This blog post was written by Processing Archivist Thomas DeShong.
As the end of the fall semester approaches and jingle bells are heard quietly in the distance, the early weeks of December often serve as a time of reflection for Baylor’s faculty and staff. This is especially true for the members of the W. R. Poage Legislative Library. The act of looking back and reviewing the semester is a worthwhile exercise in self-assessment to ensure that we are honoring the visions of Bob Poage, Baylor University, and the Poage Library.
The Fall 2019 semester kicked off with the 40th anniversary of Poage Library on September 21st. To honor this significant benchmark in our library’s history, staff members hosted an Open House celebration on Friday, September 20th. Stations were set up to encourage voter registration, provide sneak peeks of our permanent exhibit floor plans, enjoy a 40-year photo slideshow in the Viz Studio, and showcase some autographed works from Jack Hightower’s Book Vault.
NEH Grant Proposal
One of the most exciting developments of Fall 2019 has been the continued collaboration between Poage Library and Dr. Karon LeCompte of the School of Education. Expanding on the partnership that has formed as a result of the annual iEngage Summer Civics Institute, this collaboration has sought to create a grant proposal for the National Endowment for the Humanities. Poage staff have been scouring our congressional collections for constituent correspondence on race relations, and Dr. LeCompte has interpreted these sources and composed the initial grant proposal. The end goal of the project, pending its acceptance, is a digital collection of resources that educators nationwide can access to help teach more difficult aspects of our nation’s history.
On Friday, November 8th, The Standing Committee, Poage Library’s friends’ group, met for its 15th annual luncheon. Dr. Stephen Sloan, the Director of the Baylor Institute for Oral History, served as our master of ceremonies. Dr. Karon LeCompte addressed the group and spoke at length about the aforementioned collaborations between Poage and the School of Education. A brief ribbon-cutting ceremony was held to honor the opening of the Mattie Mae McKee papers and to celebrate the re-opening of the Alan Steelman papers and the W. R. “Bob” Poage State Legislative papers. These donors and their families were presented with a bound copy of their collection’s finding aid. Director Mary Goolsby then delivered her annual “State of the Library” address, providing an update on the permanent exhibit and foreshadowing some of the opportunities Poage will have in the coming year.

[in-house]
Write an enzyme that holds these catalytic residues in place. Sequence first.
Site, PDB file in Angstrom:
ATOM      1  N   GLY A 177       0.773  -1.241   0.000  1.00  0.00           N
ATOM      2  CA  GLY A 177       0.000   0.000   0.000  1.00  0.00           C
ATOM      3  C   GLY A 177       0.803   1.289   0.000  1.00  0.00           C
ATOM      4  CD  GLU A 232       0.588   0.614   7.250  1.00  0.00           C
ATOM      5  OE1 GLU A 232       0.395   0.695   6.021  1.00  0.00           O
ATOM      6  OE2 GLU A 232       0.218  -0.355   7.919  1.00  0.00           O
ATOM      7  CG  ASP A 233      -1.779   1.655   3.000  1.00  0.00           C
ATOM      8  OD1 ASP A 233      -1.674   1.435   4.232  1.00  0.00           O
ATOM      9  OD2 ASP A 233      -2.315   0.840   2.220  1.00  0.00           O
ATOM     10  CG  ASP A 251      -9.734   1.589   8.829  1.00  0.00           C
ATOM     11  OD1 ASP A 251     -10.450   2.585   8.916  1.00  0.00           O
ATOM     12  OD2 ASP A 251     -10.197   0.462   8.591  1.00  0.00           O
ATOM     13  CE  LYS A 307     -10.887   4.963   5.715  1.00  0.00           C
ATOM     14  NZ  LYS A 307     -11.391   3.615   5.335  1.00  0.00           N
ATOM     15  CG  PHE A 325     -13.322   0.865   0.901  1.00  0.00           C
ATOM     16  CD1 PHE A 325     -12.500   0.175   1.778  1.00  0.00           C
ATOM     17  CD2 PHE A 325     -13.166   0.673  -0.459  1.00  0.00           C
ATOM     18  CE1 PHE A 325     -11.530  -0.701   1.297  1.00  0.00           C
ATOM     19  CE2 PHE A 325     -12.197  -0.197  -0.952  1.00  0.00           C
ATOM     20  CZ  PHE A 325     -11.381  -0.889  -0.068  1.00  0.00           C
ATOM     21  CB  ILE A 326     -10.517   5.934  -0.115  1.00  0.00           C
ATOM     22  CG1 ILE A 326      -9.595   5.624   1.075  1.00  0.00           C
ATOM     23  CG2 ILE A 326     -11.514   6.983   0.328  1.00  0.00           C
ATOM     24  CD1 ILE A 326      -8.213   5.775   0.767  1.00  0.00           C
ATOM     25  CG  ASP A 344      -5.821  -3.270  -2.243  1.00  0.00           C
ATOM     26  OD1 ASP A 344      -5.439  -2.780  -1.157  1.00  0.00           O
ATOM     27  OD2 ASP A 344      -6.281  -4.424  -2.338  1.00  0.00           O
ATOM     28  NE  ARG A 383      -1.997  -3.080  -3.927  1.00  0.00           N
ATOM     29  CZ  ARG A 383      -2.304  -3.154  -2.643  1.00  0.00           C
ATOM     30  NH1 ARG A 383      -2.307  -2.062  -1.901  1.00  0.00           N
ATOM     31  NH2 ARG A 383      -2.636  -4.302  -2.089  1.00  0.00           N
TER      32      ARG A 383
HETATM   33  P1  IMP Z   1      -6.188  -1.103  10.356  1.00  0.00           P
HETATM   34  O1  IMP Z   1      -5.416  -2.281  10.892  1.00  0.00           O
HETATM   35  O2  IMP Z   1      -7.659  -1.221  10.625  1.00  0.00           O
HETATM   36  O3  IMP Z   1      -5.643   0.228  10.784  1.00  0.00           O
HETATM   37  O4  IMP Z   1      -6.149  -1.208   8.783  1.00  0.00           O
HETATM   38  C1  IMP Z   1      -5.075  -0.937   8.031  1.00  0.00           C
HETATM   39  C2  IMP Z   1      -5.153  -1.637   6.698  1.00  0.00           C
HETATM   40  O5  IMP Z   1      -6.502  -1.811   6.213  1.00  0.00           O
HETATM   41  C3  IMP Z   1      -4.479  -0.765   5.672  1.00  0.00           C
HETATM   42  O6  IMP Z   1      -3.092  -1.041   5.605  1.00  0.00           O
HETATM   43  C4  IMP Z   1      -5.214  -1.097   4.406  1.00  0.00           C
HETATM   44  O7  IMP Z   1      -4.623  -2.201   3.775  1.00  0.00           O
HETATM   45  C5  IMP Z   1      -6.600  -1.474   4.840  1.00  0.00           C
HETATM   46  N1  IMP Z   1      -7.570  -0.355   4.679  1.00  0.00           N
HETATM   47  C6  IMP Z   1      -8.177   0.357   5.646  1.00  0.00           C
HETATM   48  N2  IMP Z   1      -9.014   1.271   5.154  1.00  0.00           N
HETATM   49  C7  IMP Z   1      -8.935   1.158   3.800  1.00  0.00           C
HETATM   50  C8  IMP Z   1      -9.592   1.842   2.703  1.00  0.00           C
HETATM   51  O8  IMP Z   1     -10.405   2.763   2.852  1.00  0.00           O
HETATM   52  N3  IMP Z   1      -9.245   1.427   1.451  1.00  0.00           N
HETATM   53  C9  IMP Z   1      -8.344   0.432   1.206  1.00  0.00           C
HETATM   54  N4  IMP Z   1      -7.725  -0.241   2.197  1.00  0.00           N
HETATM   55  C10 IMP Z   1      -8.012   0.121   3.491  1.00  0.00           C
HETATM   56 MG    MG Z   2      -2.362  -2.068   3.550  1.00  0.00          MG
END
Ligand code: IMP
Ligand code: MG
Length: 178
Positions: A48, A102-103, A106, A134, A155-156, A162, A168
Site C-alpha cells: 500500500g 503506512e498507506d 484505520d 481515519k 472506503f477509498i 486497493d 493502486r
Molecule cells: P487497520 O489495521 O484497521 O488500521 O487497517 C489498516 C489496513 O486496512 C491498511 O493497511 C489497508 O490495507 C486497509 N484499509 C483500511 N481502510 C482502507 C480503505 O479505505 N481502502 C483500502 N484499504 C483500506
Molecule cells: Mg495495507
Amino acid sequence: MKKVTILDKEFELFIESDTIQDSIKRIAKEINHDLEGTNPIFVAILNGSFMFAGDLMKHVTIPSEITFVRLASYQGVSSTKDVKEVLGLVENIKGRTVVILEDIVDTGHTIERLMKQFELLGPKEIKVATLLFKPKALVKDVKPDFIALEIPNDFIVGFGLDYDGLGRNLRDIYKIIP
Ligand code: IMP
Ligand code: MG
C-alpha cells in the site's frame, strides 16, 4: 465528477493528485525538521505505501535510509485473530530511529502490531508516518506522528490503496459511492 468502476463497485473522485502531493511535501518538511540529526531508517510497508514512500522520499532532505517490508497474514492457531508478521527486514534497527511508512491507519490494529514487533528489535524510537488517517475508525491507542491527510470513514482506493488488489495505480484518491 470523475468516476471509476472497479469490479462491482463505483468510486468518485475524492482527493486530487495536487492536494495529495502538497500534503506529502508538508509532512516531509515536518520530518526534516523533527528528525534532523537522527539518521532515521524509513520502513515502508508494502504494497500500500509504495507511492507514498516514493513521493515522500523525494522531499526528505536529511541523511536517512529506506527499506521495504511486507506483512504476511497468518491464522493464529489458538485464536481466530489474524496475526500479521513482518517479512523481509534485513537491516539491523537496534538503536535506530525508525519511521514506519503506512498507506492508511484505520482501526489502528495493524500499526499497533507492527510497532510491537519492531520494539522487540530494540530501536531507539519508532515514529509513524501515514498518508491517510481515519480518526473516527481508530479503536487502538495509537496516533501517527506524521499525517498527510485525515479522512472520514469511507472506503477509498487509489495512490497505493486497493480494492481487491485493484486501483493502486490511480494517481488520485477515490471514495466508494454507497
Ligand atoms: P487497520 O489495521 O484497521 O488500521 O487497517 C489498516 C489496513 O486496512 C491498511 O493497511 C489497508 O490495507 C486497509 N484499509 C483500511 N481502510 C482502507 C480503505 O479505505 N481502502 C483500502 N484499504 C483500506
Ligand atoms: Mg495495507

In addition to these major celebrations and projects, it is important to remember that a special collection would be nothing without its patrons. Poage hosted several classes this semester. In September, Dr. Andrea Turpin of the History Department brought her historiography class for a brief introduction to archives and a short, hands-on exercise using archival materials. In October, Professor Kathy Hillman, Director of the Keston Center for Religion, Politics, and Society, brought her U1000 class to the Poage reading room to expose the freshmen class to special collections and to learn more about some of the key figures whose collections are housed at the library including Bob Poage, Bob Bullock, and Jack Hightower. Staff members also aided students of Dr. Lauren Poor’s HIS 1304 class, helping them find sources on key topics such as immigration.
The Poage Library has also hosted and assisted several researchers across the country including Minnesota, New York, Harvard University, and PBS to look at a wide range of collections including the Bob Poage papers, the Bob Bullock papers, and JFK-related collections. Dr. Stephanie Boddie of the Diana R. Garland School of Social Work, Poage’s Summer 2019 Teaching Fellow, returned to the archives this semester to continue researching social issues in the John Dowdy papers.
To help future researchers and to promote greater access to our collections, Poage Library staff and student assistants have continued to process and re-process our holdings. The Clark W. Thompson papers have been processed, and the finding aid is currently in review. The Donald G. Adams papers have also been processed. Its finding aid is currently under construction. Meanwhile, progress continues to be made on several other collections in processing: the O.C. Fisher papers, the Jack E. Hightower papers, and the W. R. “Bob” Poage U.S. Government papers.
It has been another exciting and productive semester at the Poage Library! We are in great anticipation of the next semester and 2020 in general as our campus (and nation) gears up for another election year. New adventures await with the excitement one only feels at the start of a new semester. Spring 2020 is a clean slate with new opportunities to educate our students and to help patrons find the resources they need. We hope all of our readers, donors, patrons, and friends have a very Merry Christmas and a blessed 2020!